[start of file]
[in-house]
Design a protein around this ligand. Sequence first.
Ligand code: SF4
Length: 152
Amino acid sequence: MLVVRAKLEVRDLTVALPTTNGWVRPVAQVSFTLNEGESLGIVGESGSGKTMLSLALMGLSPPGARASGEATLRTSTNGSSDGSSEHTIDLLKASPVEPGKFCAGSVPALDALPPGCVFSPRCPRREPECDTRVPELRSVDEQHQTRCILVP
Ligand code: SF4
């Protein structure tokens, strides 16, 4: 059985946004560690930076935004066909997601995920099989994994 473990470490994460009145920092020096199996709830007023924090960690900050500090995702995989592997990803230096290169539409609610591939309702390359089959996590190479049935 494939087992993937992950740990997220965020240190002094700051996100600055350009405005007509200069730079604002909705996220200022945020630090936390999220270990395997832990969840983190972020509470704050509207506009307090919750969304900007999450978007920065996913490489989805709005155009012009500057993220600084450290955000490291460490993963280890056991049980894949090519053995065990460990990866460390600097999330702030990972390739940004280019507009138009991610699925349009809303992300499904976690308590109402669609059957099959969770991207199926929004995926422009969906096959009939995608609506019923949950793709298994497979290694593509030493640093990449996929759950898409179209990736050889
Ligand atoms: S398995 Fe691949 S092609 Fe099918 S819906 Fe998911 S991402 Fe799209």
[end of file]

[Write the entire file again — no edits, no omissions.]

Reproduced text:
[in-house]
Design a protein around this ligand. Sequence first.
Ligand code: SF4
Length: 152
Amino acid sequence: MLVVRAKLEVRDLTVALPTTNGWVRPVAQVSFTLNEGESLGIVGESGSGKTMLSLALMGLSPPGARASGEATLRTSTNGSSDGSSEHTIDLLKASPVEPGKFCAGSVPALDALPPGCVFSPRCPRREPECDTRVPELRSVDEQHQTRCILVP
Ligand code: SF4
């Protein structure tokens, strides 16, 4: 059985946004560690930076935004066909997601995920099989994994 473990470490994460009145920092020096199996709830007023924090960690900050500090995702995989592997990803230096290169539409609610591939309702390359089959996590190479049935 494939087992993937992950740990997220965020240190002094700051996100600055350009405005007509200069730079604002909705996220200022945020630090936390999220270990395997832990969840983190972020509470704050509207506009307090919750969304900007999450978007920065996913490489989805709005155009012009500057993220600084450290955000490291460490993963280890056991049980894949090519053995065990460990990866460390600097999330702030990972390739940004280019507009138009991610699925349009809303992300499904976690308590109402669609059957099959969770991207199926929004995926422009969906096959009939995608609506019923949950793709298994497979290694593509030493640093990449996929759950898409179209990736050889
Ligand atoms: S398995 Fe691949 S092609 Fe099918 S819906 Fe998911 S991402 Fe799209």